For the character of the female replicant and partner of Deckart, and after a long casting and a lot of tests, Scott was captivated by the freshness of a young Sean Young, who was only 22 years old. One of Young's biggest problems was his inexperience, which earned him Scott's dependence and the exasperation of his partner Ford, with whom he had more than one argument, in which she ended up crying. This undoubtedly benefited the performance of both, and you can see in the film all that sustained tension throughout almost all the scenes they share. Something that as I say, came in handy for the development of this strange relationship.
Rutger Hauer was the leader of the replicants. Also with a superb performance, full of improvisation and contributions on his part, which gave him that playful, ambiguous, and feral character that feels so good to the character. In fact, the final monologue of his death is practically his invention, and has been etched in the minds of many who, like me, are fans of the film: those "memories, which will be lost as tears in the rain" It still makes my hair stand on end.
In the cast we also have an athletic Daryl Hannah, as Hauer's companion replicant. Brilliant too. And we can name other great supporters with great roles, such as Eduard James Olmos with that Interlingua based on numerous languages that he invented himself, Joanna Cassidy, M. Emmet Walsh, …
After a tumultuous shoot, full of humidity, rain, dirt, with Scott filling it all with smoke from burned coal to give even more the impression of a future without much future (excuse the redundancy), where everything is dark and sad, it came to assembly. Here came the big problems, because the producers wanted a film that the general public understood, something that did not seem very clear after a few first test views. They started with cuttings of scenes that were unnecessary for them, they put in a voice-over, so that everything was much clearer.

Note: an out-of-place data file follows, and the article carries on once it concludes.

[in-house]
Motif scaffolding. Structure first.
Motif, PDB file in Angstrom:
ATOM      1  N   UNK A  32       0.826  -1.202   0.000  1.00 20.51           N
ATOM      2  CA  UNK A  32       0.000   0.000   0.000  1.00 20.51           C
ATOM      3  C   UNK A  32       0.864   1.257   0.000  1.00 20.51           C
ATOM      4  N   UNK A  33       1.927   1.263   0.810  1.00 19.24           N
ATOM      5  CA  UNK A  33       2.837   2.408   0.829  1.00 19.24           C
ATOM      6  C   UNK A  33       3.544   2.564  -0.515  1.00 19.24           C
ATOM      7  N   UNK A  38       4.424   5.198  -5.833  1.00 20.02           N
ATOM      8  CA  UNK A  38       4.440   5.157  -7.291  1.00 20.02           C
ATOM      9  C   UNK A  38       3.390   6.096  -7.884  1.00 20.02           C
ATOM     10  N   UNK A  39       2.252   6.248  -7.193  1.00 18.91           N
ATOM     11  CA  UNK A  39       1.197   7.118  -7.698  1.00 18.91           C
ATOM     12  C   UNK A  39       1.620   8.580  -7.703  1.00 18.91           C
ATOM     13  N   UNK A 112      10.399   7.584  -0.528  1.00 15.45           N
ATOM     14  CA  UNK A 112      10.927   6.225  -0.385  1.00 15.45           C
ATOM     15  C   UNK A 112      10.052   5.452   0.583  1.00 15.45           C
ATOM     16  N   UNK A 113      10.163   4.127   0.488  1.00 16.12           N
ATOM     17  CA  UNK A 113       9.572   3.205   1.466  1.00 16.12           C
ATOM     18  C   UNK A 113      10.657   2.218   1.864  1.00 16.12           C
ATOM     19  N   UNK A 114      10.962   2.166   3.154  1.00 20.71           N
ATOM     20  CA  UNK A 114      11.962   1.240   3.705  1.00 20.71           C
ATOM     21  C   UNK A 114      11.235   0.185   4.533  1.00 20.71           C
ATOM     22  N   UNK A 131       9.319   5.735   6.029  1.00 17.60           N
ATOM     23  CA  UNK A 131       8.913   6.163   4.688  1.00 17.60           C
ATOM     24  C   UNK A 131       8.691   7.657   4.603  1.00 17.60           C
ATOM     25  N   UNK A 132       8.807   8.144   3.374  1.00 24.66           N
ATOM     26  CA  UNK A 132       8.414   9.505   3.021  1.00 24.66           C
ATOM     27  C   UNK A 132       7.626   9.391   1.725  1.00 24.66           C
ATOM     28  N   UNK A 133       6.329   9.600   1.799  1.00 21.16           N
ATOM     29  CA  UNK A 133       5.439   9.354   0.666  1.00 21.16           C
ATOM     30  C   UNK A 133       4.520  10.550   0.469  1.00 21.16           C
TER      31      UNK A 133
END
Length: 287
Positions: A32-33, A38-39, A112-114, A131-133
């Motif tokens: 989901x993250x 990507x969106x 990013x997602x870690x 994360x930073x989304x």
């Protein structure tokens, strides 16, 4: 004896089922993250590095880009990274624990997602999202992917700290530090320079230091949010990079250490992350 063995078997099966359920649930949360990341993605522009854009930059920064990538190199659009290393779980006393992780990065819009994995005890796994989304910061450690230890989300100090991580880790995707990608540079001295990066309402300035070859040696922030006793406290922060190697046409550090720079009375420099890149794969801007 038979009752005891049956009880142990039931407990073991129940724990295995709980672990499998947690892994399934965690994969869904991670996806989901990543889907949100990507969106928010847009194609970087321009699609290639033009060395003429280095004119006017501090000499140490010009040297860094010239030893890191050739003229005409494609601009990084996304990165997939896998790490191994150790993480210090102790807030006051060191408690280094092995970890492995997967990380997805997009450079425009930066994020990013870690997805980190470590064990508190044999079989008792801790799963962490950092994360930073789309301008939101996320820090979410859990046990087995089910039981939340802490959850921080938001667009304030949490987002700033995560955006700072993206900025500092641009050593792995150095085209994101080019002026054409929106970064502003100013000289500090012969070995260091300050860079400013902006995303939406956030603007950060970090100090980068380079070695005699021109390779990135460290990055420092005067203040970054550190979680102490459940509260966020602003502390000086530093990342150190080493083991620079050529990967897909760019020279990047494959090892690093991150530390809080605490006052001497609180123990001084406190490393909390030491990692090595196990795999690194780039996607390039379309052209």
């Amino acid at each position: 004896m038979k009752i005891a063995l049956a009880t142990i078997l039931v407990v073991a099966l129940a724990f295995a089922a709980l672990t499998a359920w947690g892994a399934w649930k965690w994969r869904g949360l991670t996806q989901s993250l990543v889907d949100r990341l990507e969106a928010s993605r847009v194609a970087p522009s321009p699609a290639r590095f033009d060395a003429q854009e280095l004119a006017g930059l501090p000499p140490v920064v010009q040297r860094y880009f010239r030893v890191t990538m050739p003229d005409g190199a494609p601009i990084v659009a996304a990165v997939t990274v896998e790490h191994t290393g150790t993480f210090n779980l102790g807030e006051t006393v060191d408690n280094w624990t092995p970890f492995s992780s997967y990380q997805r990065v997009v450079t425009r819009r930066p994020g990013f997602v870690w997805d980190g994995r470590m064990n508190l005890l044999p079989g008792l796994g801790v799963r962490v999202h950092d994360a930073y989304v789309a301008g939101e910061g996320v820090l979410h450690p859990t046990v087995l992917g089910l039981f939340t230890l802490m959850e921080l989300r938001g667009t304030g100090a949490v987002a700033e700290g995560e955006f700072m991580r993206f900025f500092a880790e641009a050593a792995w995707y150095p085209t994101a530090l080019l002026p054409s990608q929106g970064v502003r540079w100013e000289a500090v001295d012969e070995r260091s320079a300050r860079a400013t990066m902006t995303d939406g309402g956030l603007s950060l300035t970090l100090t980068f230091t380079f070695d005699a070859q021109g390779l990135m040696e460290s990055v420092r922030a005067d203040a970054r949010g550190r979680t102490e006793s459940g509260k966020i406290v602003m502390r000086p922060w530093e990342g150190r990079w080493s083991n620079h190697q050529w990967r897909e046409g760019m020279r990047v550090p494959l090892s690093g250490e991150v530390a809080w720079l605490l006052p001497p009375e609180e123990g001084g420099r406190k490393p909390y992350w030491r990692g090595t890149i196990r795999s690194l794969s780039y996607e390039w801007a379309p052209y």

It is something that I understand, because I have seen the domestic montage, which is what the producers did with voiceover, and the latest version, with what Scott supposedly really wanted to do, and undoubtedly, for a large part of the public, And without having seen the “easy” montage, it can be difficult to see, or even boring for those moments, when there is no dialogue, but the images speak for themselves. Something very similar happened to me with ‘Drive’, praised by many (among which I find myself) and ignored by others, for its “slowness”.
The reception by the public and critics did not help much either, since the premiere coincided with another of the greats of science fiction, ET. And part of the criticism deemed it complex and slow. Without a doubt, what was is ahead of its time, which played a lot against it when it came to winning over the public, although time has put it in its place, being considered today as a great classic of science cinema fiction, a cult work for many, and perfect for others.
I only have one thing left to add (well, many, but I don't want to bore you with too much detail), I recommend that after viewing Blade Runner, give the film's documentary a chance, because despite having an extensive duration, you can see from details of the filming, anecdotes, statements by the actors, producers, screenwriters, director, … deleted scenes, evidence of scenes, a multitude of different points of view, and even various casting tests for the actors signed and eliminated. In short, a joyous reportage.
I hope I have encouraged you to see this magnificent movie again, and if you have never seen it before you discover it. A must for any good movie buff and hobbyist.